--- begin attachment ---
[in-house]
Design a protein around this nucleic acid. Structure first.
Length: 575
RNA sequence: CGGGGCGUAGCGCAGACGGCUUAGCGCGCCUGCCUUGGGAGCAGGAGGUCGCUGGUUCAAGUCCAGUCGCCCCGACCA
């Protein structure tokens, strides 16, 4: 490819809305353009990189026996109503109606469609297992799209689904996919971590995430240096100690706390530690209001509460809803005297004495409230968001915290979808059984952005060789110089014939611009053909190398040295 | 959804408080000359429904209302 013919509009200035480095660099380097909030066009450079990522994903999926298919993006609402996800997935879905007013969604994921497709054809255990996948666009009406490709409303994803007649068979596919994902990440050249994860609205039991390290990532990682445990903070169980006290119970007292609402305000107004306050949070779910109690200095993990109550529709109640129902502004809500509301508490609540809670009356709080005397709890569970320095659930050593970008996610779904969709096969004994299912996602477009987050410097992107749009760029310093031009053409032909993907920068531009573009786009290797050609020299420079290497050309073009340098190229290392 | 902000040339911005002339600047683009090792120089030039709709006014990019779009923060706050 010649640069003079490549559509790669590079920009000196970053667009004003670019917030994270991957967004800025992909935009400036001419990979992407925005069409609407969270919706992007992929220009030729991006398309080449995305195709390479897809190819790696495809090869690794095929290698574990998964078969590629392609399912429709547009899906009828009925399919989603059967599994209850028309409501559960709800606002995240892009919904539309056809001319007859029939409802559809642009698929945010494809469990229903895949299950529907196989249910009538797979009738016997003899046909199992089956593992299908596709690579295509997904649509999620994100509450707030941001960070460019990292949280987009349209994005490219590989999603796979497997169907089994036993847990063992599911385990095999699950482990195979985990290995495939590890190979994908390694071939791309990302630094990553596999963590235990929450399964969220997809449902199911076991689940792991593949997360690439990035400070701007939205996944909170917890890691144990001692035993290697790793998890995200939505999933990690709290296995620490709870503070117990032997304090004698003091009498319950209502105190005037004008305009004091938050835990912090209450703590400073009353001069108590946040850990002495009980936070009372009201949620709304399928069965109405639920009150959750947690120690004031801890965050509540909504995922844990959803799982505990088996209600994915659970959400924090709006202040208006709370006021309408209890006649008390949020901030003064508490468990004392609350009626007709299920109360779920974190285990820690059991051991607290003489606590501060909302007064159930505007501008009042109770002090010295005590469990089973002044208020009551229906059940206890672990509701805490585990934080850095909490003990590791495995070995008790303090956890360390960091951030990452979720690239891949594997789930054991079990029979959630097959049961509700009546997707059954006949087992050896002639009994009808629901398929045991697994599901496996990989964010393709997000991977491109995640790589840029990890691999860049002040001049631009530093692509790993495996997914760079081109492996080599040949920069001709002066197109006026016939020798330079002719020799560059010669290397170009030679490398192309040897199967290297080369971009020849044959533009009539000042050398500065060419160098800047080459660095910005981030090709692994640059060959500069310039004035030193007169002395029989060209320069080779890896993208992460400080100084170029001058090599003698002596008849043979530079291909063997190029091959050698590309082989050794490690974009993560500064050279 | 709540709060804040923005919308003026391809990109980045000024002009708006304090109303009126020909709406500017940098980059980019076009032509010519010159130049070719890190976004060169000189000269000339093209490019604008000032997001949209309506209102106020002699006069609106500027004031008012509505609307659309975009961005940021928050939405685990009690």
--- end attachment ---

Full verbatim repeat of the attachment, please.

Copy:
[in-house]
Design a protein around this nucleic acid. Structure first.
Length: 575
RNA sequence: CGGGGCGUAGCGCAGACGGCUUAGCGCGCCUGCCUUGGGAGCAGGAGGUCGCUGGUUCAAGUCCAGUCGCCCCGACCA
């Protein structure tokens, strides 16, 4: 490819809305353009990189026996109503109606469609297992799209689904996919971590995430240096100690706390530690209001509460809803005297004495409230968001915290979808059984952005060789110089014939611009053909190398040295 | 959804408080000359429904209302 013919509009200035480095660099380097909030066009450079990522994903999926298919993006609402996800997935879905007013969604994921497709054809255990996948666009009406490709409303994803007649068979596919994902990440050249994860609205039991390290990532990682445990903070169980006290119970007292609402305000107004306050949070779910109690200095993990109550529709109640129902502004809500509301508490609540809670009356709080005397709890569970320095659930050593970008996610779904969709096969004994299912996602477009987050410097992107749009760029310093031009053409032909993907920068531009573009786009290797050609020299420079290497050309073009340098190229290392 | 902000040339911005002339600047683009090792120089030039709709006014990019779009923060706050 010649640069003079490549559509790669590079920009000196970053667009004003670019917030994270991957967004800025992909935009400036001419990979992407925005069409609407969270919706992007992929220009030729991006398309080449995305195709390479897809190819790696495809090869690794095929290698574990998964078969590629392609399912429709547009899906009828009925399919989603059967599994209850028309409501559960709800606002995240892009919904539309056809001319007859029939409802559809642009698929945010494809469990229903895949299950529907196989249910009538797979009738016997003899046909199992089956593992299908596709690579295509997904649509999620994100509450707030941001960070460019990292949280987009349209994005490219590989999603796979497997169907089994036993847990063992599911385990095999699950482990195979985990290995495939590890190979994908390694071939791309990302630094990553596999963590235990929450399964969220997809449902199911076991689940792991593949997360690439990035400070701007939205996944909170917890890691144990001692035993290697790793998890995200939505999933990690709290296995620490709870503070117990032997304090004698003091009498319950209502105190005037004008305009004091938050835990912090209450703590400073009353001069108590946040850990002495009980936070009372009201949620709304399928069965109405639920009150959750947690120690004031801890965050509540909504995922844990959803799982505990088996209600994915659970959400924090709006202040208006709370006021309408209890006649008390949020901030003064508490468990004392609350009626007709299920109360779920974190285990820690059991051991607290003489606590501060909302007064159930505007501008009042109770002090010295005590469990089973002044208020009551229906059940206890672990509701805490585990934080850095909490003990590791495995070995008790303090956890360390960091951030990452979720690239891949594997789930054991079990029979959630097959049961509700009546997707059954006949087992050896002639009994009808629901398929045991697994599901496996990989964010393709997000991977491109995640790589840029990890691999860049002040001049631009530093692509790993495996997914760079081109492996080599040949920069001709002066197109006026016939020798330079002719020799560059010669290397170009030679490398192309040897199967290297080369971009020849044959533009009539000042050398500065060419160098800047080459660095910005981030090709692994640059060959500069310039004035030193007169002395029989060209320069080779890896993208992460400080100084170029001058090599003698002596008849043979530079291909063997190029091959050698590309082989050794490690974009993560500064050279 | 709540709060804040923005919308003026391809990109980045000024002009708006304090109303009126020909709406500017940098980059980019076009032509010519010159130049070719890190976004060169000189000269000339093209490019604008000032997001949209309506209102106020002699006069609106500027004031008012509505609307659309975009961005940021928050939405685990009690």